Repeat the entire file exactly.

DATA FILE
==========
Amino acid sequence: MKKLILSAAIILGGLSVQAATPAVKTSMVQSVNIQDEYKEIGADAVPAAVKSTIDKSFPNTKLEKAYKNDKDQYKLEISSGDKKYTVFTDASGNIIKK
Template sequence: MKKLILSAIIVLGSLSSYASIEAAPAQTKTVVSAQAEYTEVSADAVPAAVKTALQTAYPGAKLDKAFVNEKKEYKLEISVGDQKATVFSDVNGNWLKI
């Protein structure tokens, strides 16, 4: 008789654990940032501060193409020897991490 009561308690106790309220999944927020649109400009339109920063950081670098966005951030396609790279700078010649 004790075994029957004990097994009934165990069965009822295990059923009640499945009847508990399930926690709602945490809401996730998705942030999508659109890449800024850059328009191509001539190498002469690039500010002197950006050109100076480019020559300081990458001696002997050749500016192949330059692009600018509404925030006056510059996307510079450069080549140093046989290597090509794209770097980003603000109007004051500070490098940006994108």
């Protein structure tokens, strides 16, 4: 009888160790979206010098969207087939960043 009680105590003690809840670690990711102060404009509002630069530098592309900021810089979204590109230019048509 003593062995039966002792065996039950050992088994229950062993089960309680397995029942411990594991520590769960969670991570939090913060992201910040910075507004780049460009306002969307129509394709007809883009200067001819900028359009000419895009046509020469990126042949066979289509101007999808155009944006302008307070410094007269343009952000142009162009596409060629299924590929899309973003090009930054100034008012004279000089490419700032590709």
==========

Amino acid sequence: MKKLILSAAIILGGLSVQAATPAVKTSMVQSVNIQDEYKEIGADAVPAAVKSTIDKSFPNTKLEKAYKNDKDQYKLEISSGDKKYTVFTDASGNIIKK
Template sequence: MKKLILSAIIVLGSLSSYASIEAAPAQTKTVVSAQAEYTEVSADAVPAAVKTALQTAYPGAKLDKAFVNEKKEYKLEISVGDQKATVFSDVNGNWLKI
């Protein structure tokens, strides 16, 4: 008789654990940032501060193409020897991490 009561308690106790309220999944927020649109400009339109920063950081670098966005951030396609790279700078010649 004790075994029957004990097994009934165990069965009822295990059923009640499945009847508990399930926690709602945490809401996730998705942030999508659109890449800024850059328009191509001539190498002469690039500010002197950006050109100076480019020559300081990458001696002997050749500016192949330059692009600018509404925030006056510059996307510079450069080549140093046989290597090509794209770097980003603000109007004051500070490098940006994108």
């Protein structure tokens, strides 16, 4: 009888160790979206010098969207087939960043 009680105590003690809840670690990711102060404009509002630069530098592309900021810089979204590109230019048509 003593062995039966002792065996039950050992088994229950062993089960309680397995029942411990594991520590769960969670991570939090913060992201910040910075507004780049460009306002969307129509394709007809883009200067001819900028359009000419895009046509020469990126042949066979289509101007999808155009944006302008307070410094007269343009952000142009162009596409060629299924590929899309973003090009930054100034008012004279000089490419700032590709």